Feast of the Annunciation of the Lord: Mary's Yes Invites Our Response
When Mary spoke those few words, human history was forever changed
"What came about in bodily form in Mary, the fullness of the godhead shining through Christ in the Blessed Virgin, takes place in a similar way in every soul that has been made pure. The Lord does not come in bodily form, for ´we no longer know Christ according to the flesh´, but He dwells in us spiritually and the Father takes up His abode with Him, the Gospel tells us. In this way the child Jesus is born in each of us." (St. Gregory of Nyssa)
The Angel appeared to Mary
CHESAPEAKE, VA. (Catholic Online) - March 25 is the Feast of the Annunciation of the Lord in the Roman Catholic Liturgical Calendar. This year, the Solemnity falls during Lent. Canon # 1251 of the Code of Canon Law reads "Abstinence from meat, or from some other food as determined by the Episcopal Conference, is to be observed on all Fridays, unless a solemnity should fall on a Friday. Abstinence and fasting are to be observed on Ash Wednesday and Good Friday."
So, we do not fast - we feast on Friday. Why? Because the Solemnity takes precedence. It invites us into mystery. The mystery of Mary's cooperation in God's plan. Also, our cooperation in God's plan. In the midst of all of the challenges we face as Catholic Christians in a Culture which has forgotten God, we celebrate God's loving plan and the remember the heart of the Christian message, conversion through Jesus Christ.
The great event of the Annunciation reveals the path to salvation and to cultural recovery. The little Virgin of Nazareth teaches us how to live our real lives in a real world! When the Angel of the Lord appeared, bearing the message and calling her to a special mission, she said "YES." We must say "Yes" as well and believe that "nothing is impossible with God." Let's consider her response to the message: "I am the handmaiden of the Lord; let it be to me according to your Word." It is in these words that we discover the heart of the Christian vocation.
"What came about in bodily form in Mary, the fullness of the godhead shining through Christ in the Blessed Virgin, takes place in a similar way in every soul that has been made pure. The Lord does not come in bodily form, for ´we no longer know Christ according to the flesh´, but He dwells in us spiritually and the Father takes up His abode with Him, the Gospel tells us. In this way the child Jesus is born in each of us." Gregory of Nyssa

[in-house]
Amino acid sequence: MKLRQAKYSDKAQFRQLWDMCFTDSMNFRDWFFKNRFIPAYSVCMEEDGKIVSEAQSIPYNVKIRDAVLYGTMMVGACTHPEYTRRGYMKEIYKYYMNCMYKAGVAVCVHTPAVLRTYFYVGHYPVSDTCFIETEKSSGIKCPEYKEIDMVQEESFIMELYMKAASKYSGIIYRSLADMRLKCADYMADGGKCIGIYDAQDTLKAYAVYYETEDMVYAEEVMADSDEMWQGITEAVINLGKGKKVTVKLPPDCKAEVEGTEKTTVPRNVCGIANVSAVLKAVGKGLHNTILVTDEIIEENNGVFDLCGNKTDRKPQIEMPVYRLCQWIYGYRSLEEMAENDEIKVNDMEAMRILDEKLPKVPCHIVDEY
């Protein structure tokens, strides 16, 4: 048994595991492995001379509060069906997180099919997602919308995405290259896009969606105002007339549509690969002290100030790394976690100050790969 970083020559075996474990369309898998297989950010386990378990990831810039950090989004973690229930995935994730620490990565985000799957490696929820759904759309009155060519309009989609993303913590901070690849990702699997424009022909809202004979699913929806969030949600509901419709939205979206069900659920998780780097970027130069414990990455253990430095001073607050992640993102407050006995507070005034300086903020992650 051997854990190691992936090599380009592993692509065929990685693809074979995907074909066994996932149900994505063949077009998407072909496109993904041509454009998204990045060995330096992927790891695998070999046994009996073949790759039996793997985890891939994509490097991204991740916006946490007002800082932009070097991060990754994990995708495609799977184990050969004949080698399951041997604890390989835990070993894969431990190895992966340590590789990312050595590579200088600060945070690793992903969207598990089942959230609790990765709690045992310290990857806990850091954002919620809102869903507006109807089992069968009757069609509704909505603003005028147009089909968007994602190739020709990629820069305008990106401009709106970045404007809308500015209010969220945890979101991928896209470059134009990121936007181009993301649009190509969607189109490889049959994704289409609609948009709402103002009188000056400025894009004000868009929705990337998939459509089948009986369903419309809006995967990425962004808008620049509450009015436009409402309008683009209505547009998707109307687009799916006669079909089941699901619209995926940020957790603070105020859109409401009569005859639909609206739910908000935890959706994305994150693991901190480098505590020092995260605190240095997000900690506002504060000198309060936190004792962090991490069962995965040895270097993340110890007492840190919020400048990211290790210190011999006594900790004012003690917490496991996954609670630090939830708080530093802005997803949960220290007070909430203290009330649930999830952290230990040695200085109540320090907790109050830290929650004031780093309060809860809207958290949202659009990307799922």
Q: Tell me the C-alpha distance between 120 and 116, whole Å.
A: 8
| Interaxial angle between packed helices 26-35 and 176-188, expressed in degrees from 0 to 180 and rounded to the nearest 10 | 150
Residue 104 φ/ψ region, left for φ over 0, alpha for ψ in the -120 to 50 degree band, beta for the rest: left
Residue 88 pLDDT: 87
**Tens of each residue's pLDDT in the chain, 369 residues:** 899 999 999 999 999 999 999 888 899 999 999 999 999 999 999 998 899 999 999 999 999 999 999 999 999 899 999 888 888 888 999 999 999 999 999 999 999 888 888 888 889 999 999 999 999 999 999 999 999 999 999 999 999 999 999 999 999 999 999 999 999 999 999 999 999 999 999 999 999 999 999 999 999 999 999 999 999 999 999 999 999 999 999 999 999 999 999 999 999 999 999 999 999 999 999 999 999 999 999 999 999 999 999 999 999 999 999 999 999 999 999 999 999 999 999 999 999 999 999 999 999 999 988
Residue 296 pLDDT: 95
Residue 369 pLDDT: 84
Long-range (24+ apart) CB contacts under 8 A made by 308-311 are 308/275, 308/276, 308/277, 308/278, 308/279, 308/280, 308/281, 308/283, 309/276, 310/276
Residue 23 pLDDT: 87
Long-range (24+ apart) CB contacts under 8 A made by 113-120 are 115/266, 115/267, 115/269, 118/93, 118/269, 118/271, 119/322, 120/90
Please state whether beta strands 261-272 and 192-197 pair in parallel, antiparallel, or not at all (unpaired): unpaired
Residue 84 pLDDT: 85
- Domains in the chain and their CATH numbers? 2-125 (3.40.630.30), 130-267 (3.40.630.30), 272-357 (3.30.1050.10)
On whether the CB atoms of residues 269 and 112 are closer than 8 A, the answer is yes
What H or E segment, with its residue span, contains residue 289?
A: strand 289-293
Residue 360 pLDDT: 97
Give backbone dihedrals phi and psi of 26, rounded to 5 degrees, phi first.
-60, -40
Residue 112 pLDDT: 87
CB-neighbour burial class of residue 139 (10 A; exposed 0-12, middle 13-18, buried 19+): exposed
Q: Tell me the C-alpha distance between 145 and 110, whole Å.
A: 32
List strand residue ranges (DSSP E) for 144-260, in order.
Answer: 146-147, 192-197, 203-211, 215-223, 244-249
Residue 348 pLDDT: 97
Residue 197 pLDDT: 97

When Mary spoke those words, human history was forever changed. They came from a deep spiritual reservoir within the heart of a young Jewish girl who was in love with the God of her fathers - Abraham, Isaac and Jacob. Mary´s "Yes" is called the Fiat: in Latin, "Let it be done." Mary´s Fiat was spoken from a heart filled with love for God. In a Biblical context, "heart" is a word that means much more than the fleshy organ at the center of our chest cavity. It refers to our center, the core of each of us, the place where our deepest identity is rooted, and from which our fundamental choices about life are made. Mary´s words proceeded from a humble heart.
This young woman was not full of herself, not self-protective, not cynical, she was emptied, in order to be filled. She was therefore able to completely surrender herself in love, to Love. Her initial assent to the Angel Gabriel´s announcement reveals the very meaning of another Biblical word, "holy". holiness is not about looking pious. It is about being selfless. Mary was holy, and she shows us the way to become holy, too.
In the original languages, the words in Holy Scripture which are translated into the English word "holy" mean set apart or consecrated, entirely dedicated to God´s service, given over to God and His worship. If we want to be holy, we need to explore the meaning of these words and make them our own. We are also called to be set apart for the living God. We are to make a place for Him within ourselves and within the world. We are to bear His message through a lifestyle that radiates His love.
It is only by being set apart and consecrated that our own personal histories can be truly transformed. This happens through conversion, or "metanoia", which, in Greek, means "to change." Our hope for change, for becoming holy, is to open our lives to the One who is the source of all goodness and holiness, Jesus Christ. We are called to respond to His invitation, to say "Yes" to a relationship with Him.
This is what Mary´s Fiat is all about. In saying Yes to God, as Mary did, we are able to discover the path to conversion, to holiness, to authentic spirituality. Our call to embrace the Fiat and to make it our own is not a formula for easy spiritual growth, nor is it the first in a series of steps that lead to solving the problems of life. The spiritual life is a path, a Way, and it involves a continuing, ongoing walk with the Lord.
He has invited each of us into an intimate, personal, exchange of love. This kind of intimacy with a living, loving God is the interior meaning of Mary´s Fiat, her Magnificat, and her way of life. When we embrace Mary´s Prayer and make it our own, we allow the Love that Mary bore in her body to be incarnated in and through us, too.
Each of us can say "Yes" to God, ...
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